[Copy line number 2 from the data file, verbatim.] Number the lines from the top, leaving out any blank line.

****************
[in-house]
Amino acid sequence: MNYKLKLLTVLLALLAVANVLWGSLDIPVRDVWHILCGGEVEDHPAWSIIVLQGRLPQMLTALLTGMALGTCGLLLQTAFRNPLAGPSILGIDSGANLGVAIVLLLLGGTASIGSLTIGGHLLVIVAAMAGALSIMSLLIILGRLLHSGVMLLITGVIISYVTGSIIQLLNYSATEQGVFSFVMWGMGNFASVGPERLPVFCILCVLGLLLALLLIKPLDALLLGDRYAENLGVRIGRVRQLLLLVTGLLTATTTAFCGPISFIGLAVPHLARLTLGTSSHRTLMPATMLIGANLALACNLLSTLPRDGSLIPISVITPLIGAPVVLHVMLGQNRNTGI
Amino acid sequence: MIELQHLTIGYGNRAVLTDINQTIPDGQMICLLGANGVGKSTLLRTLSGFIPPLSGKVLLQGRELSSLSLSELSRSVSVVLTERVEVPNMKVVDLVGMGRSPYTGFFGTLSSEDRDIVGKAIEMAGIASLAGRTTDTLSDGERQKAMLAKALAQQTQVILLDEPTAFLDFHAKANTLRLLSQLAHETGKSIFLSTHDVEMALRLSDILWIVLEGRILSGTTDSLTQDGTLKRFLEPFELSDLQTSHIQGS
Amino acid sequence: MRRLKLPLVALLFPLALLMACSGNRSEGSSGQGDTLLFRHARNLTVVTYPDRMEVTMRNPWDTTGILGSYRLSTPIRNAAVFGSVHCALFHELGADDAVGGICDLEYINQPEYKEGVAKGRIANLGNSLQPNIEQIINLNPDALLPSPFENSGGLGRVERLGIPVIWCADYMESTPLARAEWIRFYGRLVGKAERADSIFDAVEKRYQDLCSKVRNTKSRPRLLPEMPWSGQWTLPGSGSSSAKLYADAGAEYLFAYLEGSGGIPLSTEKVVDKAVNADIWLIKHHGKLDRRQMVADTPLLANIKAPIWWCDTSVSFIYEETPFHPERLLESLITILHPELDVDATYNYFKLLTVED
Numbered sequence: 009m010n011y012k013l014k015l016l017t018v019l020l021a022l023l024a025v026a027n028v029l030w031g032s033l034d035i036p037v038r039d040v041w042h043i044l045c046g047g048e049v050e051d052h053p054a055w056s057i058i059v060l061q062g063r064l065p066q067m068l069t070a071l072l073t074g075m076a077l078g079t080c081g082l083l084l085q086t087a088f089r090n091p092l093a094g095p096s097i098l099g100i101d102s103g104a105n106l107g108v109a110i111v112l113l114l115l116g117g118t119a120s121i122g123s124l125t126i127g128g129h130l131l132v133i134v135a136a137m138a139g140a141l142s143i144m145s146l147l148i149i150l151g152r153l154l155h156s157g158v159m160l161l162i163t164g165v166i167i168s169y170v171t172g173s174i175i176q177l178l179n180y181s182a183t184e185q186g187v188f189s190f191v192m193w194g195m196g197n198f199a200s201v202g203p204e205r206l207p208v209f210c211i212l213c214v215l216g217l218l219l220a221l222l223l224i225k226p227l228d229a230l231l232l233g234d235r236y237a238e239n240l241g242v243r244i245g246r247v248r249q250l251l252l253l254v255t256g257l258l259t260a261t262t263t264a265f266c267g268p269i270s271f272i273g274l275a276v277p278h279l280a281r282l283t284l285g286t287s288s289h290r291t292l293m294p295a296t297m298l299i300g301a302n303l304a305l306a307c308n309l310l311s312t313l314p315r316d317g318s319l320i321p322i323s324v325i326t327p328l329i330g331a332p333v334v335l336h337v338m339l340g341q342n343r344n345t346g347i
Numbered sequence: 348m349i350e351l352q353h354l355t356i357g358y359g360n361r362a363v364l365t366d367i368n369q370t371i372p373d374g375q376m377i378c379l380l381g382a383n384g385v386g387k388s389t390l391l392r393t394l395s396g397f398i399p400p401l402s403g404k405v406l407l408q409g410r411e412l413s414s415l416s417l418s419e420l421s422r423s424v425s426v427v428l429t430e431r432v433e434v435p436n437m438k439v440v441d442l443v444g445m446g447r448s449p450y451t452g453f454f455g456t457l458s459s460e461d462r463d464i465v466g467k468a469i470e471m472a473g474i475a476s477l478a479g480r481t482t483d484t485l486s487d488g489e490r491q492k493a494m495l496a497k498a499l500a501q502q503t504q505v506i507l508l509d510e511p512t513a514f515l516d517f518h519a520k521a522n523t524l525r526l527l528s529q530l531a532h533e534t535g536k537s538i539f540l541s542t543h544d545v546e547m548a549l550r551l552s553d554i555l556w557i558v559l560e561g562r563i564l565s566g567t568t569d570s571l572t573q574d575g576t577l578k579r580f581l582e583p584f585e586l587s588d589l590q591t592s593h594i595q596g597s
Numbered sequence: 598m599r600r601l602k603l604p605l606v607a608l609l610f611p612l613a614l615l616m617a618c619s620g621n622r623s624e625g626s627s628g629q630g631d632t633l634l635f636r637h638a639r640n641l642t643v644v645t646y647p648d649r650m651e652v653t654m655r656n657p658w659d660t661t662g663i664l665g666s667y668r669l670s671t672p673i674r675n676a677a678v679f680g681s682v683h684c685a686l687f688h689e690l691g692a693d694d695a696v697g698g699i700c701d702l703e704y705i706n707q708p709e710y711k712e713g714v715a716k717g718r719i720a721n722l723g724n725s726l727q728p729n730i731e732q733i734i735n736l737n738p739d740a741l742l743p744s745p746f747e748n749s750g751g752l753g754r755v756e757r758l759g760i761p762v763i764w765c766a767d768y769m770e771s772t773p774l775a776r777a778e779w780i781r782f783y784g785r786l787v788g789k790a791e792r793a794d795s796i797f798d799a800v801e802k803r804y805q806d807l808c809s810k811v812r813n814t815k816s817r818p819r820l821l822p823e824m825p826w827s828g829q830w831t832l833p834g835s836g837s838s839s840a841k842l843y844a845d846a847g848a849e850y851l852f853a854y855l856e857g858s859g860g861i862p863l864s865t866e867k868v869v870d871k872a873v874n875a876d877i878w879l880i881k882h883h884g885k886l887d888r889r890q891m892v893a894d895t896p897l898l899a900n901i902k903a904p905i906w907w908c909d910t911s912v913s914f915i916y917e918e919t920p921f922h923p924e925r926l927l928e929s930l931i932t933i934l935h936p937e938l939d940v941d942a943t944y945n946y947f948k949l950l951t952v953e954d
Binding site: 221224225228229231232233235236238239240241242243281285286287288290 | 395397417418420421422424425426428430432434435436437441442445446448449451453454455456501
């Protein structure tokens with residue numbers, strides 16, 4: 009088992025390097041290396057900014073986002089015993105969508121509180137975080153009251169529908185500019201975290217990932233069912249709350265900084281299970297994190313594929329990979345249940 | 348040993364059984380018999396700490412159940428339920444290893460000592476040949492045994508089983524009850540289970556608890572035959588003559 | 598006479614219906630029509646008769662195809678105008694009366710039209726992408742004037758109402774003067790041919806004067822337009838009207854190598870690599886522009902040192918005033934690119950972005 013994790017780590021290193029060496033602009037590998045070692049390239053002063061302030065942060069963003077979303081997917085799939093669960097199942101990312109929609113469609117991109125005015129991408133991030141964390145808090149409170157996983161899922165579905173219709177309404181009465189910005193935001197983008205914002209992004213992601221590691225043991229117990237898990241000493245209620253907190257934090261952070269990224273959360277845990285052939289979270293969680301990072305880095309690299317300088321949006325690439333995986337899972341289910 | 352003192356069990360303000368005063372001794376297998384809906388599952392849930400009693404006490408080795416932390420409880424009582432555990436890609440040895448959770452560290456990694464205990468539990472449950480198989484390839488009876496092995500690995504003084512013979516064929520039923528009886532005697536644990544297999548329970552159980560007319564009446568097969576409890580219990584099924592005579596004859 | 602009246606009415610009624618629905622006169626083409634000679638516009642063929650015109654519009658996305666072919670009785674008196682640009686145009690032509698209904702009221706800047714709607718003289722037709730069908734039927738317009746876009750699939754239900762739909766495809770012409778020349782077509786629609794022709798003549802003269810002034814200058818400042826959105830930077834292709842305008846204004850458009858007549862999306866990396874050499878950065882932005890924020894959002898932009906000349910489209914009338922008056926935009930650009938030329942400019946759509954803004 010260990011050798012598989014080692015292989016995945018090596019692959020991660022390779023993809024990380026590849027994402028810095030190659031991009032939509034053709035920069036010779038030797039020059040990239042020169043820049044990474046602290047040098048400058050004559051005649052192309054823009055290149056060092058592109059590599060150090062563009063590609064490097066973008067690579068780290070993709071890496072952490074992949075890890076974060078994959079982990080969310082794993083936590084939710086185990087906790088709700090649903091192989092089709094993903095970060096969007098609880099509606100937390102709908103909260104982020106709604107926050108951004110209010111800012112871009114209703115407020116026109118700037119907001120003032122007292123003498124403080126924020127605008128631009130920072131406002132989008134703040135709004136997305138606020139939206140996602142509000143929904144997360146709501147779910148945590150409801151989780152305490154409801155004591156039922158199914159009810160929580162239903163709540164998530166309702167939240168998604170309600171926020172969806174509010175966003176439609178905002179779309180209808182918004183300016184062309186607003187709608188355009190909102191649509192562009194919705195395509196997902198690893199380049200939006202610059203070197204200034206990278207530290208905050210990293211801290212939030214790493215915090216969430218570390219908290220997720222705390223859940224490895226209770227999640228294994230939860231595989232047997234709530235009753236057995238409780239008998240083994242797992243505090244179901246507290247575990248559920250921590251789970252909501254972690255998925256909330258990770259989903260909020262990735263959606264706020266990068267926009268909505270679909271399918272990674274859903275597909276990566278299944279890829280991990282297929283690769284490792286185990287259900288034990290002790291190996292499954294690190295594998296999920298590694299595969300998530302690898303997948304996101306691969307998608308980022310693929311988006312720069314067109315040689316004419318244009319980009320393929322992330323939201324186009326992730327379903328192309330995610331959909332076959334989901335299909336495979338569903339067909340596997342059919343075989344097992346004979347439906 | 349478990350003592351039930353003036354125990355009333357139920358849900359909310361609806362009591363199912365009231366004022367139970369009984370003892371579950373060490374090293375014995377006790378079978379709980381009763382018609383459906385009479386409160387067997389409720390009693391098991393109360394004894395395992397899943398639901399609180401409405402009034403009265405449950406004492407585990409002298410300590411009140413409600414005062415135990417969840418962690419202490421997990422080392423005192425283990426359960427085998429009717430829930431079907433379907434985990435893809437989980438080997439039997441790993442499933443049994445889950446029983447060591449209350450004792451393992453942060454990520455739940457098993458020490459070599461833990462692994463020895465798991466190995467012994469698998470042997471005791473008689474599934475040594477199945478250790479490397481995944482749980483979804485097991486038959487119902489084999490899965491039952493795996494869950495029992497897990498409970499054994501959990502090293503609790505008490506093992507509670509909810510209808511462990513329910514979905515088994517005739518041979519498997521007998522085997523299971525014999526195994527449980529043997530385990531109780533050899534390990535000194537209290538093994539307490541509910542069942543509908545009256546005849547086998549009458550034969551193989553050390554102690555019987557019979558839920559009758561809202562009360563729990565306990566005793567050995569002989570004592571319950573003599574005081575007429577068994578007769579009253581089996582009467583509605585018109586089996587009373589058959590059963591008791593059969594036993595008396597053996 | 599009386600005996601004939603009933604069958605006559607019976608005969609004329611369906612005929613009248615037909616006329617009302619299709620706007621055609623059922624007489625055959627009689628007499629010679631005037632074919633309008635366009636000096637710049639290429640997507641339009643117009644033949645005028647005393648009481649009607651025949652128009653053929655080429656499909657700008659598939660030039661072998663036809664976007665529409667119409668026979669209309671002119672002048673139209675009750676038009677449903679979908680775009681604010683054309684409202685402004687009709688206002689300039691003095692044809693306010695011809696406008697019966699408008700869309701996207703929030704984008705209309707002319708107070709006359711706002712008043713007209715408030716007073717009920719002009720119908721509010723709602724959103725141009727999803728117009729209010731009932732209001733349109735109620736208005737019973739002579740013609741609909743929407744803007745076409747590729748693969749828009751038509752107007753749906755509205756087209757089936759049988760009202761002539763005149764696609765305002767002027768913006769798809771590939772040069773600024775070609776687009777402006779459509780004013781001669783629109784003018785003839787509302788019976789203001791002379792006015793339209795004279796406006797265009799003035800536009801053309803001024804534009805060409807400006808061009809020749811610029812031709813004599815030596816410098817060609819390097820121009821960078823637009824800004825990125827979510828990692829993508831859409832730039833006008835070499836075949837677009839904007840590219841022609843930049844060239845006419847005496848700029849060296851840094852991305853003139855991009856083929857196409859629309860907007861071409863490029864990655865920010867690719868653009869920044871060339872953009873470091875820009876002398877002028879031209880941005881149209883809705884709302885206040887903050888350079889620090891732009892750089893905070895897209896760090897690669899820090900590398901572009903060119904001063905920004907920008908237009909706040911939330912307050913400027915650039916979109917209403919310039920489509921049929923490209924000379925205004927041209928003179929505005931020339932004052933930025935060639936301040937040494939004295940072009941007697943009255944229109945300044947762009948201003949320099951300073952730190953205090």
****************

Amino acid sequence: MNYKLKLLTVLLALLAVANVLWGSLDIPVRDVWHILCGGEVEDHPAWSIIVLQGRLPQMLTALLTGMALGTCGLLLQTAFRNPLAGPSILGIDSGANLGVAIVLLLLGGTASIGSLTIGGHLLVIVAAMAGALSIMSLLIILGRLLHSGVMLLITGVIISYVTGSIIQLLNYSATEQGVFSFVMWGMGNFASVGPERLPVFCILCVLGLLLALLLIKPLDALLLGDRYAENLGVRIGRVRQLLLLVTGLLTATTTAFCGPISFIGLAVPHLARLTLGTSSHRTLMPATMLIGANLALACNLLSTLPRDGSLIPISVITPLIGAPVVLHVMLGQNRNTGI